Last week, the House Government Oversight Committee heard from a student who was threatened with expulsion for disagreeing with a politically charged email sent to over a thousand recipients by the Dean of the University of Iowa College of Dentistry. This week the committee heard from representatives of each of the Regent Universities on their failure to protect the free speech rights of their students, at times taking actions that were the exact opposite of what should have taken place.
Each university apologized for the incidents and admitted their failures, but it is clear that this is happening far too often, and that decisive action must be taken to protect speech not currently in vogue on college campuses. There is a continuing pattern of free speech suppression, usually targeted at conservative students.
The university’s mission is to educate students and expose them to a universe of ideas, not place them inside an echo chamber of indoctrination to a specific ideology. When students on college campuses exercise their right to free speech, the universities appear to use different standards and rules, depending upon whether the student has a liberal or conservative philosophy. This should concern all of us, regardless of political ideology, because the pendulum almost always swings the other way eventually.
I have heard from many university students since these hearings began, including a dental student from Denison. What is described is a truly horrific atmosphere of cancel culture and intimidation by the “woke” crowd and university faculty and staff. This must stop.
Iowa House Republicans remain committed to protecting free speech on campus, regardless of political ideology, and the regent universities will return in a month to discuss the next steps they intend to take to address this issue.
I have advanced legislation to end tenure for college professors because I believe tenure is contributing to an attitude of arrogance and indestructibility that leads to these assaults on speech. I have also advanced a bill that would place political ideology as a protected class in the Iowa Civil Rights code. Elevating one group’s rights above others is problematic at best, but when students tell me that university staff says they cannot help them with free speech violations because they are not a “protected class,” it is time to act.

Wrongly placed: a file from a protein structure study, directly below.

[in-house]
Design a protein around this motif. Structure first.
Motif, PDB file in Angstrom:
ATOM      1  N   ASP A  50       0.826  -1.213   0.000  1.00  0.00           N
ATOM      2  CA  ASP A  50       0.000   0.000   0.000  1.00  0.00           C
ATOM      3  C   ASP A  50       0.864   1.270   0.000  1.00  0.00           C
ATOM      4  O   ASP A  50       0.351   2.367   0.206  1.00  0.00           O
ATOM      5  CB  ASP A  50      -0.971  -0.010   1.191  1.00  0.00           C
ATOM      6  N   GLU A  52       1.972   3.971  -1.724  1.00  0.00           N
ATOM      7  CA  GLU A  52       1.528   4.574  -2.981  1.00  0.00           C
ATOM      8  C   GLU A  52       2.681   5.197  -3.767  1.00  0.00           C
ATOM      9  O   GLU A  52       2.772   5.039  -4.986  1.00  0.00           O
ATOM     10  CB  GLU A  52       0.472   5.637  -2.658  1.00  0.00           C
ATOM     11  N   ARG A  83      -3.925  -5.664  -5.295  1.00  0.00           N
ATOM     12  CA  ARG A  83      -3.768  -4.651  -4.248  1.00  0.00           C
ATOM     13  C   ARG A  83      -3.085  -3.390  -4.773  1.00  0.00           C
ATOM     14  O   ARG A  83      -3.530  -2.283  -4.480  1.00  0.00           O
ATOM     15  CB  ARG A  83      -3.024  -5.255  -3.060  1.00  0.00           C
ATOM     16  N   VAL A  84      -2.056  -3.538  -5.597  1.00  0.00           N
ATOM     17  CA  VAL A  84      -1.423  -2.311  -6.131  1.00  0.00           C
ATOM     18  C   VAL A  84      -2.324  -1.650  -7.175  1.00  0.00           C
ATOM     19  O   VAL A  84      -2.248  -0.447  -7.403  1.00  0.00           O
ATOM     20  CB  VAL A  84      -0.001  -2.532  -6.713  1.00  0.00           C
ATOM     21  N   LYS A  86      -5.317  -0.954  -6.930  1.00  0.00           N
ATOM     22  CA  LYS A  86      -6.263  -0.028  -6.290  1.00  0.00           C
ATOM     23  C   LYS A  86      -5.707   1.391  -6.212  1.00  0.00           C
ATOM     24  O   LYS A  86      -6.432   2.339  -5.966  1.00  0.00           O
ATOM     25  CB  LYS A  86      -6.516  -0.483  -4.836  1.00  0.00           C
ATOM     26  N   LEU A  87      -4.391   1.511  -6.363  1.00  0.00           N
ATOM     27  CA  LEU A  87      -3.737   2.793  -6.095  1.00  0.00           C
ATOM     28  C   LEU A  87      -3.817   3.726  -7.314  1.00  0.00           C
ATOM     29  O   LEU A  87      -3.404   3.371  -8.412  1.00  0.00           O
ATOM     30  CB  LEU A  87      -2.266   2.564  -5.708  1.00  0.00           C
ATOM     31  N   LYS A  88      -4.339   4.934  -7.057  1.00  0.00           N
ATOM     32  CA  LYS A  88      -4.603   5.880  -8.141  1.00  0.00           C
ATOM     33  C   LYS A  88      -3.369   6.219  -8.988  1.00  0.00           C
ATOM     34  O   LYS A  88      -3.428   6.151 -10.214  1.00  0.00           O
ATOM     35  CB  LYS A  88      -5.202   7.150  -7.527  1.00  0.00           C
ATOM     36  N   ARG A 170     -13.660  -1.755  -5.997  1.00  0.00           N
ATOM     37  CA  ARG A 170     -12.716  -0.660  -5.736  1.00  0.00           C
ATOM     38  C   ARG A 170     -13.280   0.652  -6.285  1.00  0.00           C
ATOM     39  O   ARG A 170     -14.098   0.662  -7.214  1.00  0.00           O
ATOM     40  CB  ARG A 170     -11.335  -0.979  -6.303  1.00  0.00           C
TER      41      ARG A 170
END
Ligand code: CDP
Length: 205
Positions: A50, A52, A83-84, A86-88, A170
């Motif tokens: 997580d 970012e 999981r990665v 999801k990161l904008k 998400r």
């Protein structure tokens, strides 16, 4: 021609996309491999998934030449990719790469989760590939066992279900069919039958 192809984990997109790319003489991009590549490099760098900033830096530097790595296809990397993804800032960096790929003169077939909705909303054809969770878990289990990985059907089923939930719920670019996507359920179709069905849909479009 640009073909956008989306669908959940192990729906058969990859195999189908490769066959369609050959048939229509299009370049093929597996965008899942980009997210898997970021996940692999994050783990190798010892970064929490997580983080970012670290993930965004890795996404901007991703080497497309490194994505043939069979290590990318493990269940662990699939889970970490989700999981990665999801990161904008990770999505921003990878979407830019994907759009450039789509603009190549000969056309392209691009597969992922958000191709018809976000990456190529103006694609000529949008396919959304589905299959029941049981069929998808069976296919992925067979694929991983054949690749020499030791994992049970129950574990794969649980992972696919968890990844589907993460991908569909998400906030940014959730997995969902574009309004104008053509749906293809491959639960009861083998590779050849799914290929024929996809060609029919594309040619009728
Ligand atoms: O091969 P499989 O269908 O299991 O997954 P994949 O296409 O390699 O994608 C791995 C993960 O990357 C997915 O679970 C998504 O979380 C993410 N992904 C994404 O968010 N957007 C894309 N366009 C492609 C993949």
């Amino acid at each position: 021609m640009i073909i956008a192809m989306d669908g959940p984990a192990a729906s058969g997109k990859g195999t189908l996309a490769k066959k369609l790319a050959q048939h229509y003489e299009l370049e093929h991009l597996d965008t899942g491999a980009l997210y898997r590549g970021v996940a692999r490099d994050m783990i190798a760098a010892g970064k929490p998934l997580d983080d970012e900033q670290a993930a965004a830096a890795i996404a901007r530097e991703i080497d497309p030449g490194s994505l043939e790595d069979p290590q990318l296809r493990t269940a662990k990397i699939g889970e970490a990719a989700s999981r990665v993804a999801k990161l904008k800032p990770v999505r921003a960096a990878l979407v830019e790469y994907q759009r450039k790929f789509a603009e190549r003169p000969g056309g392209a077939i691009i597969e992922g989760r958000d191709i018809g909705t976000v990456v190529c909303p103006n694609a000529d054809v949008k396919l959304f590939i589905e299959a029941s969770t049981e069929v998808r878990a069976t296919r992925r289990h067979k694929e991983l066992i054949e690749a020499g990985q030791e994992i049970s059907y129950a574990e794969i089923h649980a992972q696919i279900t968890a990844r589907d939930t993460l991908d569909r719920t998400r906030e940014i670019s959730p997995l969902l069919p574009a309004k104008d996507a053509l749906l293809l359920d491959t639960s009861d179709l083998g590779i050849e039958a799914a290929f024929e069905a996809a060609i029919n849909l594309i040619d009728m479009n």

House Judiciary Review: Panic Defense
The Judiciary Committee remains hard at work, advancing legislation to make Iowa an even better and safer place to live. Some bills are expected, such as those addressing trusts, estates, probate, and family law. Some legislation is less expected, for example, House File 310 “A bill for an act relating to the defense of justification for certain violent crimes” otherwise known as the gay and trans panic defense bill.
When a violent crime is committed, the accused may try to justify their action in order to receive a lesser sentence. One of these defenses that has been successfully used in several states is the “gay and trans panic defense.” When asserting this defense, a person charged with a violent crime will try to justify their actions by claiming the victim’s sexuality or gender identity led to their violent actions. This defense can lead to a lesser sentence, lower charges, and even a not guilty verdict based on the victim’s sexuality or gender identity. Upon being briefed about this defense and the possible use of it in Iowa, I was repulsed by the idea that someone could take a life and get a lesser sentence by asserting this defense.
This defense became famous during the Matthew Sheppard trial. Matthew Sheppard was a gay man who was murdered in Laramie, Wyoming. He was robbed, pistol-whipped, tortured, and left to die tied to a barbwire fence. One of the defendants attempted to assert the gay and trans panic defense.
House File 310 bans this defense from being used in Iowa. The bill does not provide special protection for any group but simply ensures all victims are treated the same. Currently, 12 states ban the use of this defense and another 12 states are considering legislation on the issue. The bill passed the House Judiciary Committee unanimously, with all Republicans and Democrats in support, and is now ready for a debate on the House floor.